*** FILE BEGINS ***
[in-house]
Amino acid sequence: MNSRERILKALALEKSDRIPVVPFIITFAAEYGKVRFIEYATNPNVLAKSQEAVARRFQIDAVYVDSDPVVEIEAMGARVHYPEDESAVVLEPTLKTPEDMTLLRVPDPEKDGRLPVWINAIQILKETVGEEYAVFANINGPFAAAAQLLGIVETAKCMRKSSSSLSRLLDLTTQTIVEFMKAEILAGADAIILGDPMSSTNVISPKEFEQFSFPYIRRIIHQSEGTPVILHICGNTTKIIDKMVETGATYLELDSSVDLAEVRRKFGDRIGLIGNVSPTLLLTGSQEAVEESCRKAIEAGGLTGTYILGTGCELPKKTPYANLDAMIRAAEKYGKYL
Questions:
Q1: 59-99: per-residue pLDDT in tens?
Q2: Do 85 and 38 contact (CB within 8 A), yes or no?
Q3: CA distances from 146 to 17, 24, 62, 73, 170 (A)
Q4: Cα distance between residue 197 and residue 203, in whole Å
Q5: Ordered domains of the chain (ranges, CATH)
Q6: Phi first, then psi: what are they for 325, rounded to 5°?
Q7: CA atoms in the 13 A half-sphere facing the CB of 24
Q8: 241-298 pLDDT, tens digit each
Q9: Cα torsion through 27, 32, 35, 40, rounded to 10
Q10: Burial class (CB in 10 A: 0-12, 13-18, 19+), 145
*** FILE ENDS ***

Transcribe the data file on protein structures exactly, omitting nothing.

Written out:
[in-house]
Amino acid sequence: MNSRERILKALALEKSDRIPVVPFIITFAAEYGKVRFIEYATNPNVLAKSQEAVARRFQIDAVYVDSDPVVEIEAMGARVHYPEDESAVVLEPTLKTPEDMTLLRVPDPEKDGRLPVWINAIQILKETVGEEYAVFANINGPFAAAAQLLGIVETAKCMRKSSSSLSRLLDLTTQTIVEFMKAEILAGADAIILGDPMSSTNVISPKEFEQFSFPYIRRIIHQSEGTPVILHICGNTTKIIDKMVETGATYLELDSSVDLAEVRRKFGDRIGLIGNVSPTLLLTGSQEAVEESCRKAIEAGGLTGTYILGTGCELPKKTPYANLDAMIRAAEKYGKYL
Questions:
Q1: 59-99: per-residue pLDDT in tens?
Q2: Do 85 and 38 contact (CB within 8 A), yes or no?
Q3: CA distances from 146 to 17, 24, 62, 73, 170 (A)
Q4: Cα distance between residue 197 and residue 203, in whole Å
Q5: Ordered domains of the chain (ranges, CATH)
Q6: Phi first, then psi: what are they for 325, rounded to 5°?
Q7: CA atoms in the 13 A half-sphere facing the CB of 24
Q8: 241-298 pLDDT, tens digit each
Q9: Cα torsion through 27, 32, 35, 40, rounded to 10
Q10: Burial class (CB in 10 A: 0-12, 13-18, 19+), 145